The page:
if they were not feeling the spirit of temple work then obviously they did not understand it. 
 

I was accused by my parents of not paying attention when I returned from my first temple trip and I was like “ what the heck was all that?”

 

I suppose they could have accused me of the same thing if it was in Spanish even though I didn’t speak it well at all at the time right? 

It doesn't say they never felt the spirit.  Only that they never felt the spirit as much as they can now.  I've been through the temple for other languages.  On my mission, the few times I could attend the temple, it was usually in the native language (Portuguese).  Once, I had barely any knowledge of the language.  It was probably my 5th time I had ever gone through the temple so I didn't know the ceremony all that well.  But I could feel a small portion of the spirit.

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34 minutes ago, Diamondhands69 said:

Here’s the quote from the conference talk:

 One member recorded: “We’ve been to the temple many, many times. We’ve heard the ceremonies in English. [But] we have never felt the spirit of … temple work as we feel it now [hearing it] in our own native tongue.”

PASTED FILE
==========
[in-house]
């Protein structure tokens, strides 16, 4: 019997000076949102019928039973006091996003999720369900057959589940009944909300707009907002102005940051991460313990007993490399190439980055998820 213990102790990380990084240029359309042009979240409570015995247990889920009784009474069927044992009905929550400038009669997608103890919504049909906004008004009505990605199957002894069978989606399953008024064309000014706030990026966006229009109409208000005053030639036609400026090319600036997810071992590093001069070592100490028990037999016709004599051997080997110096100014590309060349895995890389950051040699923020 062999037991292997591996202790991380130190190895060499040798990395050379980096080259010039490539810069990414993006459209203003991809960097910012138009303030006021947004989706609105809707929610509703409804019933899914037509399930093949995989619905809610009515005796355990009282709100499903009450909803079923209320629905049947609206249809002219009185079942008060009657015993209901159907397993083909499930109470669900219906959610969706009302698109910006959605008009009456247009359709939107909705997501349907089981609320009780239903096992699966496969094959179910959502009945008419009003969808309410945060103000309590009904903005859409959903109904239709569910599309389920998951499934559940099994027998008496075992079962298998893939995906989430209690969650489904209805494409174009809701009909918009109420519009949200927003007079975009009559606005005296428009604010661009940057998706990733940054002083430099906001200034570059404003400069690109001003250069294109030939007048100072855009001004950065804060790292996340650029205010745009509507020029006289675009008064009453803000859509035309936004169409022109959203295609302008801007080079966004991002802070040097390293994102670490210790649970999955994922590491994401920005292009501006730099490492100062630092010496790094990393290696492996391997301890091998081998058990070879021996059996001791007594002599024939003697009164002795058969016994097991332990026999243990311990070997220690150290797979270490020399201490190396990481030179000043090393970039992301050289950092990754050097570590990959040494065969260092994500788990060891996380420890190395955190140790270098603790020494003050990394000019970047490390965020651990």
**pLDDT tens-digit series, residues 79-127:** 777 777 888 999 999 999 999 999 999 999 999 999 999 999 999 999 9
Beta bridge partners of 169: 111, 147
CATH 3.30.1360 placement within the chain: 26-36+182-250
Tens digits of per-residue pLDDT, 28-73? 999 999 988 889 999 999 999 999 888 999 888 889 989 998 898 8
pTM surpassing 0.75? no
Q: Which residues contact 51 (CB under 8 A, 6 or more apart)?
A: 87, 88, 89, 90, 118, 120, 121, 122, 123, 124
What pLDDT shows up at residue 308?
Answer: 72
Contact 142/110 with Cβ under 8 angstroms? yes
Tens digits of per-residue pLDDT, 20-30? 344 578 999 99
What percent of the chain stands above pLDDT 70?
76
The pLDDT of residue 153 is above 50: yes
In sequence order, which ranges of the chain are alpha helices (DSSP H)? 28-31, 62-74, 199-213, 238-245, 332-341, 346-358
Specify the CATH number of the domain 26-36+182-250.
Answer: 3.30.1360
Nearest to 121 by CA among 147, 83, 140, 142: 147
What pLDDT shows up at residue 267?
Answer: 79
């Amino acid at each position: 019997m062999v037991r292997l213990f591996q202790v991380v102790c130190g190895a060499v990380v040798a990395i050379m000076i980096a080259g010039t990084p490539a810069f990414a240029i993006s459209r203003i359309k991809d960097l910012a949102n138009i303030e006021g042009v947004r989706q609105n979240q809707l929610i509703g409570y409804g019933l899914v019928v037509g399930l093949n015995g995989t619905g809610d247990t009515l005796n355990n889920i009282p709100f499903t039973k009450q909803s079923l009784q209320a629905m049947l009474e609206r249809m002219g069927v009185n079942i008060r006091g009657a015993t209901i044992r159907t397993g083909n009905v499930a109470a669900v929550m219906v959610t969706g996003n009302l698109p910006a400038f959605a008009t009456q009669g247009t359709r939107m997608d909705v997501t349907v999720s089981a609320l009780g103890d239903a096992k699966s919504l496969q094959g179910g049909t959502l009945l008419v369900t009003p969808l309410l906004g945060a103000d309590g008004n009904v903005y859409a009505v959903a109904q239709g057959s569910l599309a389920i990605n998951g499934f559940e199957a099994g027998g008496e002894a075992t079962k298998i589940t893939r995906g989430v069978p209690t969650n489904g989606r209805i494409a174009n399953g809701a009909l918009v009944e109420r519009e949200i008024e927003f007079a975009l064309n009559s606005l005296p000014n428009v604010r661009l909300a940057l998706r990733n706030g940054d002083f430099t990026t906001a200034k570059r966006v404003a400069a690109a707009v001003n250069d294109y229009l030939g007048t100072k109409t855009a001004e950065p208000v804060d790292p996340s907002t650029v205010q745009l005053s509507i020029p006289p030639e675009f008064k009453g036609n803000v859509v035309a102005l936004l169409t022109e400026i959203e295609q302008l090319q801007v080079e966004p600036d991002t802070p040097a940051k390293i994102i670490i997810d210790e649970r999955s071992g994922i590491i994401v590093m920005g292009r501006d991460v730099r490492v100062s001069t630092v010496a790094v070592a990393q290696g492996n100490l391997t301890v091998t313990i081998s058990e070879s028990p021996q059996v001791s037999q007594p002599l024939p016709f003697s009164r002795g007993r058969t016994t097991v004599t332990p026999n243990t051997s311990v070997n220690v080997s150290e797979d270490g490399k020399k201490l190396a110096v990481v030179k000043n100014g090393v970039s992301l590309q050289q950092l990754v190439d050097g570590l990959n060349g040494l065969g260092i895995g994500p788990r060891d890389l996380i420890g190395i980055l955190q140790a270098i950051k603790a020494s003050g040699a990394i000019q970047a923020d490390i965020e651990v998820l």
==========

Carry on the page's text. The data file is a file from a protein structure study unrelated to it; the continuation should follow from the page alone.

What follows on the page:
if they were not feeling the spirit of temple work then obviously they did not understand it. 
 

I was accused by my parents of not paying attention when I returned from my first temple trip and I was like “ what the heck was all that?”

 

I suppose they could have accused me of the same thing if it was in Spanish even though I didn’t speak it well at all at the time right? 

"As" is possibly a key word there.  It could possibly mean they didn't feel the Spirit at all or that they could feel it much more after.

Don't get me wrong. I didn't feel the Spirit at all my first time. I went in 1989 and was shocked and that feeling has always stayed with me about the temple despite some good experiences there. I could not have told you what I covenanted to when I came out. No one gave me any instruction other than "read the Pearl of Great Price". In fact, I no longer attend the temple in part because of those first few experiences.